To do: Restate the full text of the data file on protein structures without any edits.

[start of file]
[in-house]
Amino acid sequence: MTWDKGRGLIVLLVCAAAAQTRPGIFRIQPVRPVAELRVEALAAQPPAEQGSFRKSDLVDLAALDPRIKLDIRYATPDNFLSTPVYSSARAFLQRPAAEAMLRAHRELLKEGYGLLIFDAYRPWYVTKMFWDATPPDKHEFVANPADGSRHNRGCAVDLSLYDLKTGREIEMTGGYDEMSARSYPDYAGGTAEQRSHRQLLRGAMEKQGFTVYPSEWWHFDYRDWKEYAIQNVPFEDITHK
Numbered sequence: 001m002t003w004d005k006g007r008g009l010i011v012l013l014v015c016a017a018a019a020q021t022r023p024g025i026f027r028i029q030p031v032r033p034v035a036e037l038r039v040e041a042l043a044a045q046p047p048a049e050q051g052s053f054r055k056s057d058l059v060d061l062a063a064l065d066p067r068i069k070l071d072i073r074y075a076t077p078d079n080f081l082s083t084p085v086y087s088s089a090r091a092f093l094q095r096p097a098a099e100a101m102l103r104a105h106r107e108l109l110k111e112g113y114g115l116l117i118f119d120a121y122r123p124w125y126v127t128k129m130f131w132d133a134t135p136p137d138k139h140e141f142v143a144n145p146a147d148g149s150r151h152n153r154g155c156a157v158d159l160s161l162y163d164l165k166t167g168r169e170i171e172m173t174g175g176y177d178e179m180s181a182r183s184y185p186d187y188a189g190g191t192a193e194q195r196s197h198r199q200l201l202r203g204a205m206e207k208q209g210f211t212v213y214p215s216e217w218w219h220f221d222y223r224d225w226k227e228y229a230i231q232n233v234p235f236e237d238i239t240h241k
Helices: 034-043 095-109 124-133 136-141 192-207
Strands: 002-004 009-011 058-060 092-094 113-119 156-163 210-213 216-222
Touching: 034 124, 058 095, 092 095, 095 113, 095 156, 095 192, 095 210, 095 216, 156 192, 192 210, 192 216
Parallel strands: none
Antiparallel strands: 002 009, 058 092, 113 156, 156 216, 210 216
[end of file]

[in-house]
Amino acid sequence: MTWDKGRGLIVLLVCAAAAQTRPGIFRIQPVRPVAELRVEALAAQPPAEQGSFRKSDLVDLAALDPRIKLDIRYATPDNFLSTPVYSSARAFLQRPAAEAMLRAHRELLKEGYGLLIFDAYRPWYVTKMFWDATPPDKHEFVANPADGSRHNRGCAVDLSLYDLKTGREIEMTGGYDEMSARSYPDYAGGTAEQRSHRQLLRGAMEKQGFTVYPSEWWHFDYRDWKEYAIQNVPFEDITHK
Numbered sequence: 001m002t003w004d005k006g007r008g009l010i011v012l013l014v015c016a017a018a019a020q021t022r023p024g025i026f027r028i029q030p031v032r033p034v035a036e037l038r039v040e041a042l043a044a045q046p047p048a049e050q051g052s053f054r055k056s057d058l059v060d061l062a063a064l065d066p067r068i069k070l071d072i073r074y075a076t077p078d079n080f081l082s083t084p085v086y087s088s089a090r091a092f093l094q095r096p097a098a099e100a101m102l103r104a105h106r107e108l109l110k111e112g113y114g115l116l117i118f119d120a121y122r123p124w125y126v127t128k129m130f131w132d133a134t135p136p137d138k139h140e141f142v143a144n145p146a147d148g149s150r151h152n153r154g155c156a157v158d159l160s161l162y163d164l165k166t167g168r169e170i171e172m173t174g175g176y177d178e179m180s181a182r183s184y185p186d187y188a189g190g191t192a193e194q195r196s197h198r199q200l201l202r203g204a205m206e207k208q209g210f211t212v213y214p215s216e217w218w219h220f221d222y223r224d225w226k227e228y229a230i231q232n233v234p235f236e237d238i239t240h241k
Helices: 034-043 095-109 124-133 136-141 192-207
Strands: 002-004 009-011 058-060 092-094 113-119 156-163 210-213 216-222
Touching: 034 124, 058 095, 092 095, 095 113, 095 156, 095 192, 095 210, 095 216, 156 192, 192 210, 192 216
Parallel strands: none
Antiparallel strands: 002 009, 058 092, 113 156, 156 216, 210 216